[Image: Jon Bon Jovi performing at the iHeartRadio music festival. Photo courtesy of Brian Friedman]
Don’t let the word “radio” here confuse you into thinking it’s limited to the radio frequencies that you may tune into.
I had the chance to watch the iHeartRadio festival in Las Vegas over the weekend through the app on Xbox 360. Some of music’s biggest superstars and radio/TV personalities were there. The concert sold out in eight minutes, but that’s another story. My focus right now is to talk about radio, social media, and offline events.
The #iHeartRadio hashtag received 948 million impressions on Twitter during the two days in which the event took place. This can be divided up into 216,593 tweets. That’s incredible!
What’s interesting about the mention type was that 50% (108,817) of the tweets were done only by people at the festival, or those streaming it live through the iHeartRadio/station website, Xbox 360 or Yahoo Music. That’s great participation.
Let’s dive a bit deeper into what I think was a great integrated online/offline marketing strategy.
Here are three quick things that you should take away with after reading this.
1) “Backstage” – A big trend that we are seeing more and more as marketers, that goes beyond events, is the “backstage effect.” Social media has amplified society’s need to see what is going on behind the scenes. I personally found this endearing while watching #iHeartRadio, and it seems this feeling was felt throughout the twittersphere.
Here’s a picture of my TV about ten minutes before the #iHeartRadio festival started. You’ll see four behind-the-scenes views. Below that, you’ll notice one of the top buzzwords on Twitter, in connection with #iHeartRadio, was the word “backstage.” As I said, clearly I wasn’t the only one who felt more connected with the festival because of the “backstage effect.”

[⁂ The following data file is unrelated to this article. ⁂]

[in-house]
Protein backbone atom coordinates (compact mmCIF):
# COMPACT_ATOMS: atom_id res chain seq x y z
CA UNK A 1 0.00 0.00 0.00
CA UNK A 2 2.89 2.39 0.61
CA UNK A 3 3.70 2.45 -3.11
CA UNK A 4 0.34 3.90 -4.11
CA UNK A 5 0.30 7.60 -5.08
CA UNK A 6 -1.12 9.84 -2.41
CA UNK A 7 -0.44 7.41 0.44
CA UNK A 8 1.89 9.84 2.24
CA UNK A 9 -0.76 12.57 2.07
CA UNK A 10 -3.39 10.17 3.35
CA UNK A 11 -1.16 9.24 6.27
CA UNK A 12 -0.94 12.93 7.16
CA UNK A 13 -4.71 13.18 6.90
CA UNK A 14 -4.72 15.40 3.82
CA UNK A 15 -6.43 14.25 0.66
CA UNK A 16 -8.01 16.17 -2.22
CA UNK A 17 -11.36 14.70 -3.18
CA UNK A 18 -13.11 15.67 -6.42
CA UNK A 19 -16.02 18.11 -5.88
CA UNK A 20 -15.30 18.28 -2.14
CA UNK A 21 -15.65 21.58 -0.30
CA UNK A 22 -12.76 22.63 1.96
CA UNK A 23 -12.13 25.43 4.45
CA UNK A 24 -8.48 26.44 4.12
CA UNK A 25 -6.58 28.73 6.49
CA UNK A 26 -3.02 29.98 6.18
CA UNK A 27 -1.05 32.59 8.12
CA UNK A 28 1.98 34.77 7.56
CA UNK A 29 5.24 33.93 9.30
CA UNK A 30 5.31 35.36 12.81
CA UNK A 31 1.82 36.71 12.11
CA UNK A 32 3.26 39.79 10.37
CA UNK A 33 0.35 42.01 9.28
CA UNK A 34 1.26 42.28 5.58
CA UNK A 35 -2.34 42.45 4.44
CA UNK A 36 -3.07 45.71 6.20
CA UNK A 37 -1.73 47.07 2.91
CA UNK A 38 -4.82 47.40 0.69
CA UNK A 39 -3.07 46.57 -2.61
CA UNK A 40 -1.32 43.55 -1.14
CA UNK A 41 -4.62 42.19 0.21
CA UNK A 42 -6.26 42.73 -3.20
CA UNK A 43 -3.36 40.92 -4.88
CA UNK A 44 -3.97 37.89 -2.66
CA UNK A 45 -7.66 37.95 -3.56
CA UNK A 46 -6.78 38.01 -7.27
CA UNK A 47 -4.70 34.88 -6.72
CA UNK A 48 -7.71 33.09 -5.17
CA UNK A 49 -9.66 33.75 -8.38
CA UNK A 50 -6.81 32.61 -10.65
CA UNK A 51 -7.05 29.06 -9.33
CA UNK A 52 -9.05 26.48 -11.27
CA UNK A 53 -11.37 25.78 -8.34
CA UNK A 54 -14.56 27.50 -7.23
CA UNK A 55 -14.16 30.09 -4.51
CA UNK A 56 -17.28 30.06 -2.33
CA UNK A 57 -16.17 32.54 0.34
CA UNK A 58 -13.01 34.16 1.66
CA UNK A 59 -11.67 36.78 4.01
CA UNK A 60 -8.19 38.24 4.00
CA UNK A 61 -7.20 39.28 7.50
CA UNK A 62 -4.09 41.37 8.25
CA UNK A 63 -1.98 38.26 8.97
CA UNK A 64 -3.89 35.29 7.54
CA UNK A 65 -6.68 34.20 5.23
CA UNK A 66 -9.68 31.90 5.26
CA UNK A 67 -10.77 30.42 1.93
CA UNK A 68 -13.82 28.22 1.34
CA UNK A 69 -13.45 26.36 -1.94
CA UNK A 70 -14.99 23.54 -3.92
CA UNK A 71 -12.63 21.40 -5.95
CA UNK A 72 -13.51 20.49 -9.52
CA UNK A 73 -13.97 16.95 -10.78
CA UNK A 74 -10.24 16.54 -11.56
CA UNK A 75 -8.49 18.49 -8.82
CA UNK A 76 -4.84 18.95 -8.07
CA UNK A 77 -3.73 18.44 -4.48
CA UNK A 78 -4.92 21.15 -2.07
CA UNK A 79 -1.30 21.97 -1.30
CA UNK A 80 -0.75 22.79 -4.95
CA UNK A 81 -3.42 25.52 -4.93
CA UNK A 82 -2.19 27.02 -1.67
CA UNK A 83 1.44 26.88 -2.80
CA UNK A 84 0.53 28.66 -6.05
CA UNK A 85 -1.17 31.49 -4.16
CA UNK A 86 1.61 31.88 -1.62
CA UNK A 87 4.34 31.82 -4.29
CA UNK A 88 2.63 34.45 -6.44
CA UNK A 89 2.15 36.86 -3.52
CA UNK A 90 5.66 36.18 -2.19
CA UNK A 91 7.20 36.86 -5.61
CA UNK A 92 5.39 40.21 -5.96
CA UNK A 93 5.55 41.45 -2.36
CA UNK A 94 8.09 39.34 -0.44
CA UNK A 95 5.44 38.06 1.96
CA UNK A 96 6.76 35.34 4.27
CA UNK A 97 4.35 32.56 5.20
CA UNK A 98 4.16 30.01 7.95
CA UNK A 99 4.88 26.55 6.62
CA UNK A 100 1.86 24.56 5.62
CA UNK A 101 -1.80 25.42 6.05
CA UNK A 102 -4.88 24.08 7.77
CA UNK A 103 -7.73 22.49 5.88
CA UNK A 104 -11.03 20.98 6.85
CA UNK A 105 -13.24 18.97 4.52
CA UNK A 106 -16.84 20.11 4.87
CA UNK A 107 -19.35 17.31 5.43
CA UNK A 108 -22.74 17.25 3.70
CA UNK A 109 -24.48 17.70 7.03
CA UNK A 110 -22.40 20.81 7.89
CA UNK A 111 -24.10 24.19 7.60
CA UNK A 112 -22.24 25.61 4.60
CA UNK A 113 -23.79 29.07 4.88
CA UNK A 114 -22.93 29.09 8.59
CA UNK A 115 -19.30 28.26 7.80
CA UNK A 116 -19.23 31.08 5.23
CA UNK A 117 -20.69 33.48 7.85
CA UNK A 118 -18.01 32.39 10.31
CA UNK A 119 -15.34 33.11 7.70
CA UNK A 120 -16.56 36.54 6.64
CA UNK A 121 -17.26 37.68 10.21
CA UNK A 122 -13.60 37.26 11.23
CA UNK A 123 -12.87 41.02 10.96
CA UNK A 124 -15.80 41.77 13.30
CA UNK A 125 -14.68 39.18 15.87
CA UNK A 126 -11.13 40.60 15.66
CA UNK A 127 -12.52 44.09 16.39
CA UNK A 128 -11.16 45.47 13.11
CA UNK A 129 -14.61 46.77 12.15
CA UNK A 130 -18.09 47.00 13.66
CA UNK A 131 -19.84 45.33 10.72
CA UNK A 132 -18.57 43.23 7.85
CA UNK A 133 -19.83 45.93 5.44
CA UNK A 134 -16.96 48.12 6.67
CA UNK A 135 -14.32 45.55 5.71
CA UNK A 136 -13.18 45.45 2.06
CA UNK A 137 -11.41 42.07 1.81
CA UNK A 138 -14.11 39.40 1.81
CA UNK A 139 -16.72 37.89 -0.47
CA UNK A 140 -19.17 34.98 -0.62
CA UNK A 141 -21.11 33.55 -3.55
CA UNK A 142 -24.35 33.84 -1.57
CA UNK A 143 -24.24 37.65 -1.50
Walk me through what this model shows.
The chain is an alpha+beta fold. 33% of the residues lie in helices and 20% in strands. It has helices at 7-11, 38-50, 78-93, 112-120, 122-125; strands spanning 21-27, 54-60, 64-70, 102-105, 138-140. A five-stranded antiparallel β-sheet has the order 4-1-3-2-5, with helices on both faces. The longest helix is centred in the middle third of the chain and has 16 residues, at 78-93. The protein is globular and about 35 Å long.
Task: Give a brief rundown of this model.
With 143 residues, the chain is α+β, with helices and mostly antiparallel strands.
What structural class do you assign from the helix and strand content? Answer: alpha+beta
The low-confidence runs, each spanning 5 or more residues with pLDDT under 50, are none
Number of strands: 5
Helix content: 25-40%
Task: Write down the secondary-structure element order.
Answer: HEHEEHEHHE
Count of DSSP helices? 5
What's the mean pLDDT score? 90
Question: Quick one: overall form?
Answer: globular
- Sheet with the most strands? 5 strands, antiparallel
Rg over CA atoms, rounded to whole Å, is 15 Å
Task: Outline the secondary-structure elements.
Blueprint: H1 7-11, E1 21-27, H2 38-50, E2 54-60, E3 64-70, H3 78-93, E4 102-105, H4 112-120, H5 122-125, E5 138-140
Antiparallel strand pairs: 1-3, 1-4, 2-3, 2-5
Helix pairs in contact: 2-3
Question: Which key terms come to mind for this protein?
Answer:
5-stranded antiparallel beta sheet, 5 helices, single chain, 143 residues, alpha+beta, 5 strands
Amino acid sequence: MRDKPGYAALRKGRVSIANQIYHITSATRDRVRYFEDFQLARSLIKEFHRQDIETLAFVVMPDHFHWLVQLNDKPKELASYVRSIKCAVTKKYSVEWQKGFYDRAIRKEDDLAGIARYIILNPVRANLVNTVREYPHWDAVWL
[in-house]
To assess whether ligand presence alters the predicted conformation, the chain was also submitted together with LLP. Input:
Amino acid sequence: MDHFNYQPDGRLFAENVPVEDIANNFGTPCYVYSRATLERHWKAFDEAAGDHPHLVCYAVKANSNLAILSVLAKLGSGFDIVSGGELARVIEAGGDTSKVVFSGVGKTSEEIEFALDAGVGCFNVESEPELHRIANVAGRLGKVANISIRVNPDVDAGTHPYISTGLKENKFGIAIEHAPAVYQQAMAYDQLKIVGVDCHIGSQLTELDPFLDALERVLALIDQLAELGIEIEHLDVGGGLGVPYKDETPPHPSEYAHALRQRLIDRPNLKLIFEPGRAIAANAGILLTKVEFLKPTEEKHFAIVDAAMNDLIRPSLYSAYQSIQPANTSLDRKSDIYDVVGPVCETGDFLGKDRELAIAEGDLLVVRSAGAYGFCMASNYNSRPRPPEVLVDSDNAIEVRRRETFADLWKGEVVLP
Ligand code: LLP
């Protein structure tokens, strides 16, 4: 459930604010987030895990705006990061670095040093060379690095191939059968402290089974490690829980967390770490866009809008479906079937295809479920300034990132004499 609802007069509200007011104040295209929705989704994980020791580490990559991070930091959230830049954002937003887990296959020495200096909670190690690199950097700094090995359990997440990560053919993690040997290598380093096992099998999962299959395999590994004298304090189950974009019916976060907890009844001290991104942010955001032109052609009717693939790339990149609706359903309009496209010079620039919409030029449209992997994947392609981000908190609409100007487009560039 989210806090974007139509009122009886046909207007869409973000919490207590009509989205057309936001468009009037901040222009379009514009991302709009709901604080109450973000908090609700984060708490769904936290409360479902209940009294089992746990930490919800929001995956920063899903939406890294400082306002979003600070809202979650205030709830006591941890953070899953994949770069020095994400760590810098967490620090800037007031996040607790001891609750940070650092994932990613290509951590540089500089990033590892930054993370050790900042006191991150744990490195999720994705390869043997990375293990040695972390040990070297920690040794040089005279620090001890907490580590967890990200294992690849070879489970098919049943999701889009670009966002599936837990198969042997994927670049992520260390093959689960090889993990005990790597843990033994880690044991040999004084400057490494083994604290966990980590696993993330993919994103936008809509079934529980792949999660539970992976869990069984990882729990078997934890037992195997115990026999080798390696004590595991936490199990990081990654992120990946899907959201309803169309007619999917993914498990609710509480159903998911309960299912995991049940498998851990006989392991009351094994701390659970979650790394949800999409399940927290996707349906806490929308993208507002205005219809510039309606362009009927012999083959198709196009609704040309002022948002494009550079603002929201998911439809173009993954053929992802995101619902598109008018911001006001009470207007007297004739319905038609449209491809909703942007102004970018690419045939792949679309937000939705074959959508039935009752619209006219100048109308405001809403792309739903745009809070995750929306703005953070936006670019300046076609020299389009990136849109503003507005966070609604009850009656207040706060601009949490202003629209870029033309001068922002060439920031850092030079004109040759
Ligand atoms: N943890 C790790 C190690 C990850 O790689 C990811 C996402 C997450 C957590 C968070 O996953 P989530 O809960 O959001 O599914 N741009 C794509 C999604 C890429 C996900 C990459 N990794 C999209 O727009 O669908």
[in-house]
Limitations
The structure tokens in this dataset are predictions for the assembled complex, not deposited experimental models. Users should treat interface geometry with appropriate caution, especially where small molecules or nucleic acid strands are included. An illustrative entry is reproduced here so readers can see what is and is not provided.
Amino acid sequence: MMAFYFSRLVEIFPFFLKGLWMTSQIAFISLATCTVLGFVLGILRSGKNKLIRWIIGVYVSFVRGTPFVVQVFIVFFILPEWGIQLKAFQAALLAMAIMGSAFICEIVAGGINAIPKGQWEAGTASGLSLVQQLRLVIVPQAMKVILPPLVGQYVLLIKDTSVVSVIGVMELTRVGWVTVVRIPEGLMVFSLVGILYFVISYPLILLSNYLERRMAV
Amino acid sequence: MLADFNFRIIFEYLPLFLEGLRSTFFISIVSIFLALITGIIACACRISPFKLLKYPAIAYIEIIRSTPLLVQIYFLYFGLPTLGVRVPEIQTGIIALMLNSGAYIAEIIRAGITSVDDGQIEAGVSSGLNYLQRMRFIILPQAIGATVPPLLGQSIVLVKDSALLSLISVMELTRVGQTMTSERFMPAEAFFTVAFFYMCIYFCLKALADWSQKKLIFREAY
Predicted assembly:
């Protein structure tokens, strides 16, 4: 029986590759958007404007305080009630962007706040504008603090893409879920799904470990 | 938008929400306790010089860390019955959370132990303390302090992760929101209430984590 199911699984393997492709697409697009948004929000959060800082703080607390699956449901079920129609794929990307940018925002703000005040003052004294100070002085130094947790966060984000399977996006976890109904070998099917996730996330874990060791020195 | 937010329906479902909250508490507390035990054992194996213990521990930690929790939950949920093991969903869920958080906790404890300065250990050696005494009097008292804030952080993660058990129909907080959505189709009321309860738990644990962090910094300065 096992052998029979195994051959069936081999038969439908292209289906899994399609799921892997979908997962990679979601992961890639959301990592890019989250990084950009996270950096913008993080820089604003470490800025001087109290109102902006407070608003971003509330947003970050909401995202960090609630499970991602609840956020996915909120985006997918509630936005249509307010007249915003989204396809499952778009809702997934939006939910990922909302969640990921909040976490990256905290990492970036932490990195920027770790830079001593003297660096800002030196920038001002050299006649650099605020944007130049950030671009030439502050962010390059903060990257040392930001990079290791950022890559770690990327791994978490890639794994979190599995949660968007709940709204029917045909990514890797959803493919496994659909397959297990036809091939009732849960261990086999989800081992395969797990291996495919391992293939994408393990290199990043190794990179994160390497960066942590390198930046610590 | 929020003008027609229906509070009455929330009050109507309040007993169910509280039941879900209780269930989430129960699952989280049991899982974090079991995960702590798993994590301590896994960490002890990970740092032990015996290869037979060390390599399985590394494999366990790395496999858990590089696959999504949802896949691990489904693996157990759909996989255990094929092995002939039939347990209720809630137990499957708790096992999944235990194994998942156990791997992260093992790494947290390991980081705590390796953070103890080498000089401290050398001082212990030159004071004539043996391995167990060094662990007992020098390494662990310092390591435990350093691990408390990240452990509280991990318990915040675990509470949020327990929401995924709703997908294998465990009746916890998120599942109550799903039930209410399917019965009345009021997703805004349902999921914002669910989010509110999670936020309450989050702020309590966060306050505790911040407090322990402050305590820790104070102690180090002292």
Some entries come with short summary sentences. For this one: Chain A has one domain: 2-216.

2) Influencers – We hear a lot about the power of influencers… Now, what do you get when you put more than a dozen music superstars in one place? You get single tweets that create over 20 million impressions.
3) In looking at the event from a timeline perspective. Here’s the marketing equation that I see.
Pre-Event: Radio waves + social media + offline buzz = concert selling out in eight minutes.
Event: Offline event + Music, radio, and television superstars + streaming live on the radio + streaming live through Xbox 360 and Yahoo Music + social media activity = 948 million Twitter impressions.
Let’s not forget all the media coverage. To name a few media outlets, just to end this blog post on an even better note – Huffington Post, VH1, Hollywood Reporter, Billboard, LA Times, Wall Street Journal, Washington Post, Rolling Stone, Perez Hilton, New York Daily News, and many more.
P.S. Speaking of offline events, on Thursday, September 27, 2012, from 7-9pm Social@Ogilvy will be hosting an event at Ogilvy NY. David Karp, Founder and CEO of Tumblr will be there to answer your questions.
He will be speaking for 15 minutes on why he created Tumblr and where he sees the visual web going. The remaining 45 minutes is a Q&A where you can ask him anything about Tumblr or the social web. It’s why we dubbed it, “Tumbling the Panel.” If you’re interested in coming feel free to email Geoffrey.Colon@Ogilvy.com or comment below and we’ll add you to the guest list.
Twitter hashtag #TumblrCEO